Phillips Petroleum Co. v. Stahl Petroleum Co.

Decision Date21 June 1978
Docket NumberNo. B-6813,B-6813
Citation569 S.W.2d 480
CourtTexas Supreme Court

McGinnis, Lochridge & Kilgore, Lloyd Lochridge, Austin, Kenneth Heady and C. J. Roberts, Bartlesville, Okl., Jack Ritchie, T. L. Cubbage, II, and David B. McCall, Amarillo, for petitioner.

Stone, Stone & Chambers, John C. Chambers, Amarillo, for respondent.

DANIEL, Justice.

The question on this appeal is whether Phillips Petroleum Company, a purchaser of casinghead gas from Stahl Petroleum Company, owed interest on Stahl's portion of the increased prices which Phillips had collected from its interstate purchasers pending final approval of its rate increases by the Federal Power Commission. The trial court, without aid of a jury, rendered judgment that Phillips owed no interest on the delayed payments. The Court of Civil Appeals reversed and rendered judgment for Stahl for $14,094.12 interest on the delayed payments as of December 7, 1972, and for interest on that sum from December 7, 1972 to the date of judgment. Tex.Civ.App., 550 S.W.2d 360. We affirm the judgment of the Court of Civil Appeals.

Stahl is a leasehold owner and producer of natural and casinghead gas in the Panhandle Field of Texas. Phillips is engaged in the production, purchase, transportation and sale of gas in both intrastate and interstate commerce. Under the terms of Stahl's contract with Phillips 1 dated December 5, 1957, it was agreed that Phillips would purchase casinghead gas owned or purchased by Stahl from certain wells located in Gray County. The purchase price to be paid by Phillips for the gas delivered to it by Stahl was based on a percentage of the "weighted average price received" by Phillips from sales of gas from the Panhandle Field to third parties. Exact terms of the relevant portions of the contract and details concerning the proceedings below are set forth in the opinion of the Court of Civil Appeals. We shall repeat only so much thereof as is necessary for determination of this appeal.

The payment provision of the contract required that payment for all gas delivered each month be made not later than the last day of the succeeding month. There was no provision for Phillips to withhold any portion of the monthly payments attributable to Phillips' receipts from price increases which had not been approved by the Federal Power Commission (FPC); nor was there any provision that such receipts should be excluded from the "weighted average price received" by Phillips pending FPC approval. Neither was there any provision for payment of interest on delayed payments.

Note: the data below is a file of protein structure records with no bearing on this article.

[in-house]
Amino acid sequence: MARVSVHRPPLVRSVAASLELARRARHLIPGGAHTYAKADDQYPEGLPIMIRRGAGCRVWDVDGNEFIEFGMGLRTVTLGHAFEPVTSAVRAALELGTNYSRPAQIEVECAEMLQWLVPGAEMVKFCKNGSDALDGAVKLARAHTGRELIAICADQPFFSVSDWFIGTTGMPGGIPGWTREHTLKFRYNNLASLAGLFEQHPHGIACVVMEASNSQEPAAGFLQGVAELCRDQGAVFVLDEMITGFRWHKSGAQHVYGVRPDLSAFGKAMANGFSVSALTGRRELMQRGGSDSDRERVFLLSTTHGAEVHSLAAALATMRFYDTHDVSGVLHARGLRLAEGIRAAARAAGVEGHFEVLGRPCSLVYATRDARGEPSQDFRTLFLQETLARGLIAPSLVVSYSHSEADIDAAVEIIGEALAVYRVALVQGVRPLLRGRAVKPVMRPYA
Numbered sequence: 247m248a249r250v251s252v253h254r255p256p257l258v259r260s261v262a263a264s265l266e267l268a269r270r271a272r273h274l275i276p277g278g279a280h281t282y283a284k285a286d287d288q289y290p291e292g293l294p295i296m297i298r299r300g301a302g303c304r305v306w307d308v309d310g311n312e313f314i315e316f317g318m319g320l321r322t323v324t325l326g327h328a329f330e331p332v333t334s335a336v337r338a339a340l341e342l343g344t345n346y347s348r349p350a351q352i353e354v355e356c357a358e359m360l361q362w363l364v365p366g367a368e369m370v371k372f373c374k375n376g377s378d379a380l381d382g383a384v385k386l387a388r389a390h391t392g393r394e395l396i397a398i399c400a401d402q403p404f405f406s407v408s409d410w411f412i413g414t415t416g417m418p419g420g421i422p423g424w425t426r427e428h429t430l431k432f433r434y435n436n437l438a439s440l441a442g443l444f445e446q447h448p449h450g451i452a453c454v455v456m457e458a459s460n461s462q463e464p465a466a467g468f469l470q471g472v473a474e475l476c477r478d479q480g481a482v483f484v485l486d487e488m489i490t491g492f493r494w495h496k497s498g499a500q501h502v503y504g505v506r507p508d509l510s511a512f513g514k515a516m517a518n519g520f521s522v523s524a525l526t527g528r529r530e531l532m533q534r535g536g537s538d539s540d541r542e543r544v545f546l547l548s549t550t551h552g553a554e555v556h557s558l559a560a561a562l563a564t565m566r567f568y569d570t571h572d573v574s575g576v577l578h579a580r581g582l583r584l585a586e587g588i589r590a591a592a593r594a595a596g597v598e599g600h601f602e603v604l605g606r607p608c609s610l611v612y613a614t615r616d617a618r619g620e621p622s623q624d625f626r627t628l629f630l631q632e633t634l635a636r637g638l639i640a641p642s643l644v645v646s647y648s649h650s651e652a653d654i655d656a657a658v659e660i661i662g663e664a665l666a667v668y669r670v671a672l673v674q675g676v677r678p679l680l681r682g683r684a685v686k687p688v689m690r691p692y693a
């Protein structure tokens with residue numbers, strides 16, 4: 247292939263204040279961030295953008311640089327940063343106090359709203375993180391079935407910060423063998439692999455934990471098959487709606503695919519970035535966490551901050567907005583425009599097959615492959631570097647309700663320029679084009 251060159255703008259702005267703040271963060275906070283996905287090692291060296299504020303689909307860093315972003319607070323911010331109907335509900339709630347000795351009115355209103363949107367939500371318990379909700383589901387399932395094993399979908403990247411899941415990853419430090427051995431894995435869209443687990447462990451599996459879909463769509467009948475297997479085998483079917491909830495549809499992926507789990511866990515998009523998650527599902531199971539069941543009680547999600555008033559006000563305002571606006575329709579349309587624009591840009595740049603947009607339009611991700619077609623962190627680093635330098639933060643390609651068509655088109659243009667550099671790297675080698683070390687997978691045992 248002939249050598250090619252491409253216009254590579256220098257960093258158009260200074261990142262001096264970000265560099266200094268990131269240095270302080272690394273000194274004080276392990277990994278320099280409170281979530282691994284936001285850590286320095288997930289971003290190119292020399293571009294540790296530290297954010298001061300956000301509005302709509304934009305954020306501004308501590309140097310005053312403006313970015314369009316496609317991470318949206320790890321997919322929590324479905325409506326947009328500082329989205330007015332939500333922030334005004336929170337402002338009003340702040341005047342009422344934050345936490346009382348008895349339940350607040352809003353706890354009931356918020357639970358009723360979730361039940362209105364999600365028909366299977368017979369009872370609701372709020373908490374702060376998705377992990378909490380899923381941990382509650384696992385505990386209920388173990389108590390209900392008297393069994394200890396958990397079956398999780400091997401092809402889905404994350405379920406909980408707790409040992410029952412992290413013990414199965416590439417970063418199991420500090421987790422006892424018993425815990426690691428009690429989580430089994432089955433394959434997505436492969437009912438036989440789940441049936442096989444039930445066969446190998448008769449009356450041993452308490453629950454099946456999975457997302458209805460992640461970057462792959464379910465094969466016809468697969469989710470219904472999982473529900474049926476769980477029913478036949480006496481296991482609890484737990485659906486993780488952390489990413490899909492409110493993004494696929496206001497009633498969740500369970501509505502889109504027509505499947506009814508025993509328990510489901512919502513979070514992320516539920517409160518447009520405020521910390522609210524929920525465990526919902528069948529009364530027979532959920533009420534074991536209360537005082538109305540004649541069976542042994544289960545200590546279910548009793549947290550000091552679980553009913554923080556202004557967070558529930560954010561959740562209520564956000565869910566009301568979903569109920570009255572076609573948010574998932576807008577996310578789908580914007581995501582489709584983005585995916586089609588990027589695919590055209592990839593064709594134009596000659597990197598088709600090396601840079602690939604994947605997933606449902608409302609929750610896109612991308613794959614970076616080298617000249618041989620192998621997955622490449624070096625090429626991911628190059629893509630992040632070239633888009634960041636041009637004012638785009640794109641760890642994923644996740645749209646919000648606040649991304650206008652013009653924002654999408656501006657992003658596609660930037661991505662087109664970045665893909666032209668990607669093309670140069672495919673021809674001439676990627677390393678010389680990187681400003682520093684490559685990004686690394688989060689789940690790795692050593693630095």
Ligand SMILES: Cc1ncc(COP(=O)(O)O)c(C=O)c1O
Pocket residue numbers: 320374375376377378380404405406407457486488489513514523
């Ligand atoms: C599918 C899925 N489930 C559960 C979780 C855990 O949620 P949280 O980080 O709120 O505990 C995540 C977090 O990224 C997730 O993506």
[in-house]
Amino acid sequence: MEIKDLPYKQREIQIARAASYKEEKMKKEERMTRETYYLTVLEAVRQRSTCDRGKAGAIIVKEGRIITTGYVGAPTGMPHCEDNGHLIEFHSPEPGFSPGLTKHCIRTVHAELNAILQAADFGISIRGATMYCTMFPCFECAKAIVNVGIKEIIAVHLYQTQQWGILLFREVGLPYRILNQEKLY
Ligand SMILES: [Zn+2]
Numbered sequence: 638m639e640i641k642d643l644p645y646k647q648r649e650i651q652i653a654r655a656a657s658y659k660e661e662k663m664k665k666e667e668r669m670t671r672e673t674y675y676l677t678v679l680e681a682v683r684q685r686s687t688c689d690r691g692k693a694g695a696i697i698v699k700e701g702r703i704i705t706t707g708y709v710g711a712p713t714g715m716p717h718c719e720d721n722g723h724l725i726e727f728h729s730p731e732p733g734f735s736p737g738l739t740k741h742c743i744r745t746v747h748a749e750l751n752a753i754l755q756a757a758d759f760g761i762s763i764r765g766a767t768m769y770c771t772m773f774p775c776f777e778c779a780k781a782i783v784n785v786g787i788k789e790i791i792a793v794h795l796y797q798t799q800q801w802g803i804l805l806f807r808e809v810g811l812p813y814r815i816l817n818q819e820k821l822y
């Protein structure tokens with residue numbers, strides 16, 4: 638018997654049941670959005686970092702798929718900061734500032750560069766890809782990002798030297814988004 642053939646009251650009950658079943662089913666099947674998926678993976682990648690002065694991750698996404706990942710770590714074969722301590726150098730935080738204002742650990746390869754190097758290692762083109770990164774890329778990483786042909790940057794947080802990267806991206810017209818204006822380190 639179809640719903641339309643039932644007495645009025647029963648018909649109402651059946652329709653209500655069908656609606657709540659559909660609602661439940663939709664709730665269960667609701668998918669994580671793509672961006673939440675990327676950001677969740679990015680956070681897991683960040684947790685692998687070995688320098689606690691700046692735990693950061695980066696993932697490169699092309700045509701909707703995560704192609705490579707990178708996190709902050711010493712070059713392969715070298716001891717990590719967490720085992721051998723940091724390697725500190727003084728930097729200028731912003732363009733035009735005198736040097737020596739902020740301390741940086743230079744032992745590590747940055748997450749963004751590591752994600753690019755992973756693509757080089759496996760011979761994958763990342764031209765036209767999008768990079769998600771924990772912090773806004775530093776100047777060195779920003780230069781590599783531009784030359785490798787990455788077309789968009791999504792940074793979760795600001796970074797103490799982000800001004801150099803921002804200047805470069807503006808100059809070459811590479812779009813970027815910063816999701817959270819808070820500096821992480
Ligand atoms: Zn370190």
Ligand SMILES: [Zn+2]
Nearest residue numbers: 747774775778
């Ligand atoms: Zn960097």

The contract was made subject to all valid statutes and rules and regulations of any duly constituted federal or state regulatory body having jurisdiction. However, Phillips concedes that there was no statute or rule preventing it from making payments to its royalty owners and suppliers based upon the increased prices received by Phillips pending FPC approval or disapproval. Such payments would, of course, be subject to proportionate reimbursement on any refunds which Phillips was obligated to make in case of subsequent FPC disapproval. The parties further agree that the terms of the contract relating to price and payment are not ambiguous, and that the question before us should be decided as a matter of law. Myers v. Gulf Coast Minerals Management Corporation, 361 S.W.2d 193 (Tex.1962); Tower Contracting Company v. Flores, 157 Tex. 297, 302 S.W.2d 396 (1957).

Prior to the execution of the Stahl contract, the Supreme Court of the United States had held in Phillips Petroleum Company v. Wisconsin, 347 U.S. 672, 74 S.Ct 794, 98 L.Ed. 1035 (1954), that the Federal Power Commission has jurisdiction under the Natural Gas Act, 15 U.S.C. § 717 et seq., to regulate well-head prices of natural gas sold in interstate commerce, and that Phillips' gas sales in interstate commerce were subject to such jurisdiction and regulation. Also, prior to the Stahl contract, Phillips had filed numerous applications with the FPC for blanket price increases on interstate sales of gas transported to its customers from the Panhandle Field. Rather than waiting for approval by the FPC of proposed price increases, the Natural Gas Act allows a pipeline company to begin collecting from its purchasers the proposed increased prices after thirty days' notice, 15 U.S.C. § 717c(d), unless the FPC suspends the operation for not longer than five months. 15 U.S.C. § 717c(e); 18 C.F.R. § 154.102. The FPC suspended a total of thirty-one proposed price increases relating to Phillips' interstate gas sales from the Panhandle Field. Thereafter, Phillips was permitted to sell such gas at its filed rate increases upon posting a corporate obligation guaranteeing to refund with interest all or any part of such increases ultimately disapproved by the FPC as being unfair and unreasonable.